Reflections are only that, reflections, nothing more nothing less. Often these reflections are related to books I read, but occasionally also other things. These are often written very late, very fast,  using notes from my mobile phone, so the grammar and spelling is horrible.

When Breath Becomes Air, by Paul Kalanithi

Growing up I had three favorite titles in Swedish: Varats olidliga lätthet (The unbearable lightness of being) Den allvarsamma leken (The serious game) Allt som är fast förflyktigas (All that is solid melts into air)

The “unbearable” and “all that is solid” works OK as titles in English, but are nowhere close to otherworldliness that I think the Swedish titles manages to capture. “The serious game” has no relation to the original Swedish title at all, it is as if Google-translate did the work.

I came to think of these book titles as I think “When breath becomes air” could have been included in that list. A list of titles that all manages to capture moments where the trivial meet the truly profound. Perhaps it was the title that got me reading the whole book.

The book reminded me of the kind of book that you tend to appreciate when you are young and look for simple stories where nothing beside yourself matters.

Reading this book I was waiting for any reflection beyond the narrow egoistic that exist in relation to career and close family. I could not find any and it for me this turned the reading into a depressing read.

Obviously when someone relatively young dies there are parts that are extremely sad. And I found his wife last pages the most touching and honest.

Beside the lack of broader reflections the book is also filled with choices that could be seen as very controversial, or at least not obvious. From the professional when Paul goes back to work while not being on top (and almost faint during an operation where he needs to hand over the operation) to deciding to become a father (when he knows that he is very likely to die very soon).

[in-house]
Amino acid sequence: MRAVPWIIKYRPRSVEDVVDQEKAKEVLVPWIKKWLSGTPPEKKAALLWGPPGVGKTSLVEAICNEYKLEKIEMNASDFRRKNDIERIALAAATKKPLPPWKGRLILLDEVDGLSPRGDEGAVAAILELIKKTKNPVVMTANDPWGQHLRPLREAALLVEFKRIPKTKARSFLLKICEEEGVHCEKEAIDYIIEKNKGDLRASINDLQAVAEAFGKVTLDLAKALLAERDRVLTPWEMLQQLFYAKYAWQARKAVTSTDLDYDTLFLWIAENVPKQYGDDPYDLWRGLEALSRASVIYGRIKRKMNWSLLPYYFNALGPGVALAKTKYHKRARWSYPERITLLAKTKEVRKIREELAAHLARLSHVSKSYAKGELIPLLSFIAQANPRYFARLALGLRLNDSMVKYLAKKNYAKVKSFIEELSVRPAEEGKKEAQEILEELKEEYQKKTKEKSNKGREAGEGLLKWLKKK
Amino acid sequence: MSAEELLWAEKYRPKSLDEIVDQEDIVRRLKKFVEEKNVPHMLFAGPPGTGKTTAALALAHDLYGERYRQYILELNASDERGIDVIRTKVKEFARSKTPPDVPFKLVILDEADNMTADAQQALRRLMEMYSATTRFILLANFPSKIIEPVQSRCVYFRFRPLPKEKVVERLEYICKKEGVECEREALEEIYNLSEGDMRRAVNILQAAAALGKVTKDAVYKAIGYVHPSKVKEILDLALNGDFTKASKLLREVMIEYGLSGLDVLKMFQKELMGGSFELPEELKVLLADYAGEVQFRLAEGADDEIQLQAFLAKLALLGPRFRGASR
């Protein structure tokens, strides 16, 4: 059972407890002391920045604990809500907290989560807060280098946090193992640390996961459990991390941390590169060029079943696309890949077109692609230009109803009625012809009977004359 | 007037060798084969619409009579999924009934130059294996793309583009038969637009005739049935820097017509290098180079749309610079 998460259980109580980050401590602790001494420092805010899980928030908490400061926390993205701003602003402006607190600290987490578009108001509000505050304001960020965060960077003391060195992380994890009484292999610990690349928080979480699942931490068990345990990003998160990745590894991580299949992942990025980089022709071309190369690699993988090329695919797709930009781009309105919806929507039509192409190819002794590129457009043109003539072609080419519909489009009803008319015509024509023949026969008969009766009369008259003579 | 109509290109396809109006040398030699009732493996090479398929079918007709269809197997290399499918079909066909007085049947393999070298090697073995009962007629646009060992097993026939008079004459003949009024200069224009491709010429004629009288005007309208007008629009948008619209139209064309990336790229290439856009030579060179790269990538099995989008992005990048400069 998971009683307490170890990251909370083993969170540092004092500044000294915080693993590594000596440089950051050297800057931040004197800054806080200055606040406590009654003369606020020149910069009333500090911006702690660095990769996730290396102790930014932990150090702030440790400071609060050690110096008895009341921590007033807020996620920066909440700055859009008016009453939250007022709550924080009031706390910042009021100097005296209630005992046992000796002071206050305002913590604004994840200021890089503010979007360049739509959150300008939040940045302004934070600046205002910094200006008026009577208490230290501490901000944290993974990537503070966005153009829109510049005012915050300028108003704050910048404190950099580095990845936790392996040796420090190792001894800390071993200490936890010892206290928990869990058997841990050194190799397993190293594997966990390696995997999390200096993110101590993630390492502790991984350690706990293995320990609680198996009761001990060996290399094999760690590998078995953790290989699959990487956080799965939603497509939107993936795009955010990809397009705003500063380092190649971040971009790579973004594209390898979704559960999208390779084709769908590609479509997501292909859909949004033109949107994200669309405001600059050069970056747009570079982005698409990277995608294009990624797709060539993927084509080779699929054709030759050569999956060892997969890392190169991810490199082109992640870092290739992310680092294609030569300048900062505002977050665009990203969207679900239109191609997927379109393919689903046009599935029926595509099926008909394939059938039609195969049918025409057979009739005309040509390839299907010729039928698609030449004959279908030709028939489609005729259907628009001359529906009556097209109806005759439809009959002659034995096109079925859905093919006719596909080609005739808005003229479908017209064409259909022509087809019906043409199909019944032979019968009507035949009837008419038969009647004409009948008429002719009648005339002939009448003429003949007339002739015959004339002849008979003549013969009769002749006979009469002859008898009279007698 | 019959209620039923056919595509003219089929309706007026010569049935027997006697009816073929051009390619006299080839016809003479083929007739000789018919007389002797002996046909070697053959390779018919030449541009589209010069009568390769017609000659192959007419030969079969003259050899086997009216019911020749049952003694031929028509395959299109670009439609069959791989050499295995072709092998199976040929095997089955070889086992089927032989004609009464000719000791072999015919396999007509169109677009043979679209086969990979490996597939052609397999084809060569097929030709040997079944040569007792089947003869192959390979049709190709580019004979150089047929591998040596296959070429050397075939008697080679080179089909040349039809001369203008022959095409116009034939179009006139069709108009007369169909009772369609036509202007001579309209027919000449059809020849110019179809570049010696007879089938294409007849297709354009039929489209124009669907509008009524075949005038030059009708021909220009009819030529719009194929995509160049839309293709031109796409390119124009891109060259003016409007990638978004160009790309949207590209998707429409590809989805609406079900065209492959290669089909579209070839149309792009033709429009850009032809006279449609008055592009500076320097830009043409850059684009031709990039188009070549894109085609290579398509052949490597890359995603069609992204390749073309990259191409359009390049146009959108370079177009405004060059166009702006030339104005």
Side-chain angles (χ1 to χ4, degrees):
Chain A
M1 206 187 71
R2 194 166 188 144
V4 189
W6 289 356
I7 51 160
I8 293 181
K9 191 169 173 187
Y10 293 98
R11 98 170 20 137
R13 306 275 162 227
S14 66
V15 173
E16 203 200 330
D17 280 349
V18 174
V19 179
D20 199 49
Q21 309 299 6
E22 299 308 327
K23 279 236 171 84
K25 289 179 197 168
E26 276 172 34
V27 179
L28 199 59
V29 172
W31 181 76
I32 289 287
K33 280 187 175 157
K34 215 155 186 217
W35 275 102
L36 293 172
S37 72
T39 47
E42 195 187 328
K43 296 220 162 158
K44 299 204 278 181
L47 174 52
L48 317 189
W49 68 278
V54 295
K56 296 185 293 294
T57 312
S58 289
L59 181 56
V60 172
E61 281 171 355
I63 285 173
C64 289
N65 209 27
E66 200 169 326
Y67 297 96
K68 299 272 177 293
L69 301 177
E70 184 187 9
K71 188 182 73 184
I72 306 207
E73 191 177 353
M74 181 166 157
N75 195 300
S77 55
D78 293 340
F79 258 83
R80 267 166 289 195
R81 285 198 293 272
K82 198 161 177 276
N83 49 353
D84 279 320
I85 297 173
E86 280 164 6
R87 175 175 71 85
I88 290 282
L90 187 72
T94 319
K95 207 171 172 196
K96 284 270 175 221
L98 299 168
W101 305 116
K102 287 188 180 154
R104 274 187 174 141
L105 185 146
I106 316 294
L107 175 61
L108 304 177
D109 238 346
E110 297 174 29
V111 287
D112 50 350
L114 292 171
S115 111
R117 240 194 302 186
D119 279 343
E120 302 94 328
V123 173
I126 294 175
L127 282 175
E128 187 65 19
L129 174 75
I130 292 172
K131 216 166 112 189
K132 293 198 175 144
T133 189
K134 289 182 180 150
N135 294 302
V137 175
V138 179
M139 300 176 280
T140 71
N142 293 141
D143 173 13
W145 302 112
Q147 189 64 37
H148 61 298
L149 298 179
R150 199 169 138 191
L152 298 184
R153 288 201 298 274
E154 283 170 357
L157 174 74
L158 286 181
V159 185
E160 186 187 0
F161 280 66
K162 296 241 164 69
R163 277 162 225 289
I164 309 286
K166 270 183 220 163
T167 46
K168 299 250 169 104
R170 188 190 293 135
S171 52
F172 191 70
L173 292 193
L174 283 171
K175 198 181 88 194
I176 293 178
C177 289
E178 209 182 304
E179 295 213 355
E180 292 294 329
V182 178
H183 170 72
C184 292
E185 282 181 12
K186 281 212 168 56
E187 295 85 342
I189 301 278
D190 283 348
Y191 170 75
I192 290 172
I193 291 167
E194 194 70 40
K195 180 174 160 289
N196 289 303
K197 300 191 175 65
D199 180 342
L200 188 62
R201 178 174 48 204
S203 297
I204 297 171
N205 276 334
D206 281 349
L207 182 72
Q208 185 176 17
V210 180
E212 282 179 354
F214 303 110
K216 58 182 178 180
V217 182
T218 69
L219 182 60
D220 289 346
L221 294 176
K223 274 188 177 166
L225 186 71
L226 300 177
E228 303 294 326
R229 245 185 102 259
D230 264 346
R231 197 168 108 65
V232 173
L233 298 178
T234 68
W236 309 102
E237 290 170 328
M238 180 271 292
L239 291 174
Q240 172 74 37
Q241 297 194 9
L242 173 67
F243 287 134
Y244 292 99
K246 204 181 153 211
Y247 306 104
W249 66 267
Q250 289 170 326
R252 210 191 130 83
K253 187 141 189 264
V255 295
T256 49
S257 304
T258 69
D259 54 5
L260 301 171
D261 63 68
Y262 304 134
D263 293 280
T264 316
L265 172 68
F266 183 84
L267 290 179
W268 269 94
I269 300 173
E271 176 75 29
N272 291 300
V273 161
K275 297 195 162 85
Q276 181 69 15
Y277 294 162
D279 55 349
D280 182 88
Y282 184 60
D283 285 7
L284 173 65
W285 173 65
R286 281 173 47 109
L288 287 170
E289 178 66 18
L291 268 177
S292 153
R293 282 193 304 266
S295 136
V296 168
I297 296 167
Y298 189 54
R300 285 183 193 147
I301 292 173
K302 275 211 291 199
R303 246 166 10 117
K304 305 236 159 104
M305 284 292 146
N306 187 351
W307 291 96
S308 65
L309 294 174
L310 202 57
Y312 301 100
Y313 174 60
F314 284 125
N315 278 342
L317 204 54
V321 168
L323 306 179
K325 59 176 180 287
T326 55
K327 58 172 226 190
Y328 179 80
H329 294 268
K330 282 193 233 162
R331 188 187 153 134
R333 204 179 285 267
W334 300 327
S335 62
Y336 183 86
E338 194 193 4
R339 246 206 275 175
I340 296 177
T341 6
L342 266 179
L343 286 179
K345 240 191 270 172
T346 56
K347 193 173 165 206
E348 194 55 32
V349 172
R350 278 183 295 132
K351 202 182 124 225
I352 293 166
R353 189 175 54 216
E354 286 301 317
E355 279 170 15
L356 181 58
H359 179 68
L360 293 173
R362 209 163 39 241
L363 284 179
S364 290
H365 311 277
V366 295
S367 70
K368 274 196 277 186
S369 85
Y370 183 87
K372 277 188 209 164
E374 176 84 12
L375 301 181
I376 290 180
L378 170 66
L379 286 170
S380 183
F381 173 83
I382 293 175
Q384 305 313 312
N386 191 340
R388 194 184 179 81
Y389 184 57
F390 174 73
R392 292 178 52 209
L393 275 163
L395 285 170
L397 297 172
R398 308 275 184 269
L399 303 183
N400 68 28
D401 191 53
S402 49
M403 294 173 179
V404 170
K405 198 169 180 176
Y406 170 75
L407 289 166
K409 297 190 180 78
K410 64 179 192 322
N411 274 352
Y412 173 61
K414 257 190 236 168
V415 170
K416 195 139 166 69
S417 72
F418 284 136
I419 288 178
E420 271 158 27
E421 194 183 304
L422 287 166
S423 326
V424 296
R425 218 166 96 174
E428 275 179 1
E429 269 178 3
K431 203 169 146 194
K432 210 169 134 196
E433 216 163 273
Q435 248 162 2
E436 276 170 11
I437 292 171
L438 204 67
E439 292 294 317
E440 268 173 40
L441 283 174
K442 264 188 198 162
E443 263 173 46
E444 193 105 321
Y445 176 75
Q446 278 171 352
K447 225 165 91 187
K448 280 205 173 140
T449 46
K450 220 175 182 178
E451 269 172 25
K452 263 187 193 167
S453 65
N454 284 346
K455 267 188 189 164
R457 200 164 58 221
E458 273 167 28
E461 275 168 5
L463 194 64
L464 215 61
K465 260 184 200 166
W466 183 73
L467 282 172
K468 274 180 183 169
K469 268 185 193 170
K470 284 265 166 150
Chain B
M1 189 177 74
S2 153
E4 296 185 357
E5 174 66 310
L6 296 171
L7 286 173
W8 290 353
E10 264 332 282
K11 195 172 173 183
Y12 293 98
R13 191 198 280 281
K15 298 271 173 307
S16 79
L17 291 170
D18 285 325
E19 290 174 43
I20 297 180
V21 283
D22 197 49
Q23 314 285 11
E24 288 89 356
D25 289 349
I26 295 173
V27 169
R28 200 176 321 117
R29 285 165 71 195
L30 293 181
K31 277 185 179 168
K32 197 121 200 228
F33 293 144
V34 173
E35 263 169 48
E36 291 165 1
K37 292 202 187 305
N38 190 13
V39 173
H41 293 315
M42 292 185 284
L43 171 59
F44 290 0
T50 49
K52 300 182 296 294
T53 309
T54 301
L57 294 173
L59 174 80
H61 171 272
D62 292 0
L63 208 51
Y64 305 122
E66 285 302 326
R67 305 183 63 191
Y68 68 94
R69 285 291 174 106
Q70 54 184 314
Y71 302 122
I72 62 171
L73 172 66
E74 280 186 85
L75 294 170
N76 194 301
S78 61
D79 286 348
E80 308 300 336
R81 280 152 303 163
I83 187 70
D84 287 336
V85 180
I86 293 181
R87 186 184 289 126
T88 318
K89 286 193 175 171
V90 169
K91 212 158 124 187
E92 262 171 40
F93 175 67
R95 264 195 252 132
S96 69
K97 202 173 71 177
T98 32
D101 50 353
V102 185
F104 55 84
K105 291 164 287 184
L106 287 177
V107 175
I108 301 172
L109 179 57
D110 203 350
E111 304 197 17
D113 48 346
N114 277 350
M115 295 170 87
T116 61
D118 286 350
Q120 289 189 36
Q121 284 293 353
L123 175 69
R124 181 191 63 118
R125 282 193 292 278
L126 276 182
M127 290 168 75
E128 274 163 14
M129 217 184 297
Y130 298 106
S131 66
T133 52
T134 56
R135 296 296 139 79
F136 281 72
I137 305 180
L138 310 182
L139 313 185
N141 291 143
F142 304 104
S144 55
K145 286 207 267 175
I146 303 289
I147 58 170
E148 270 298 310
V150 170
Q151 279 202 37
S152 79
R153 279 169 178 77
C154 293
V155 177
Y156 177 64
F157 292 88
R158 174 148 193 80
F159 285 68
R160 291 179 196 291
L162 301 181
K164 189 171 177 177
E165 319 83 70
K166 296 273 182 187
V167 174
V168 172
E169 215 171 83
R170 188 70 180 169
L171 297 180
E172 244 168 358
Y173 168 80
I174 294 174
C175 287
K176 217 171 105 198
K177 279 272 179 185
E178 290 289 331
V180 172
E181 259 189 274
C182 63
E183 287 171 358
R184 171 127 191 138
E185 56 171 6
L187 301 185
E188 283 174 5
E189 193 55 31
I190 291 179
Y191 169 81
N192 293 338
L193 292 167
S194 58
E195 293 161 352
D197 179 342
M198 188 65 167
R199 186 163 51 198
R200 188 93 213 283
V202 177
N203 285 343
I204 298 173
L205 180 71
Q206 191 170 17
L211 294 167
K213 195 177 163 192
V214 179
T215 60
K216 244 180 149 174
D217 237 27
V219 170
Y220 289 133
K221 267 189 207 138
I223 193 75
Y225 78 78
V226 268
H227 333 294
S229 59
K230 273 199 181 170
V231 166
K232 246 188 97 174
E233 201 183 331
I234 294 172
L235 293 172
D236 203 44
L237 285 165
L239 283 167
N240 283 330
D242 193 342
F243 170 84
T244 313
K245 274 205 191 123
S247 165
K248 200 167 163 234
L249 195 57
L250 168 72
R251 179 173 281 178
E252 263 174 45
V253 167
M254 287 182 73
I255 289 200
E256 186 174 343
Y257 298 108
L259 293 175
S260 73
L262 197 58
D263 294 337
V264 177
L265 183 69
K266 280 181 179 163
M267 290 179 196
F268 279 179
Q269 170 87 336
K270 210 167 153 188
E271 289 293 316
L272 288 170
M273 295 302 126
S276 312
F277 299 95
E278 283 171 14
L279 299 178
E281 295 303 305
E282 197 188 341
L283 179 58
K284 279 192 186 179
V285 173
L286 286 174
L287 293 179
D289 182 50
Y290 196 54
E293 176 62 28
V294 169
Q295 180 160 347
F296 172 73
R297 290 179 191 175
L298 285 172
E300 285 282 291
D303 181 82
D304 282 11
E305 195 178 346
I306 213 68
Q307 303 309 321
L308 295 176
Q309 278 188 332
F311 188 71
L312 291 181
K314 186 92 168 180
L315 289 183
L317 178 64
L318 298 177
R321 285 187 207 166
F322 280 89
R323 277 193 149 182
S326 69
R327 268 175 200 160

For me it feels a bit strange to know that someone who just told you that they can destroy a persons life if they cut two millimeter to far see no problem with putting sharp objects in a patients brain when they know that they have brain tumor and are not well. There might be a good explanation for this, maybe there where no other person who could have done that operation so that it was a calculated risk. But it would have been nice with some discussions about the ethical choices.

I do not say that any of the decisions above are wrong, but the lack of reflection of how his action affects others makes the book feel very immature.

Part of me feels that those who appreciate a book like this might have quite empty lives and for such readers it must feel good knowing that someone who know that they will die soon are not doing anything more significant when it comes to action and thinking. Maybe it is just my frustration as I hope that someone close to death would ask more fundamental questions about life and the society we live in.

I’m also curious how I would view Peter Noll’s “In the face of death” now 26 year later. The theme is similar, but I remember the discussion much more profound when it comes to our relation to death.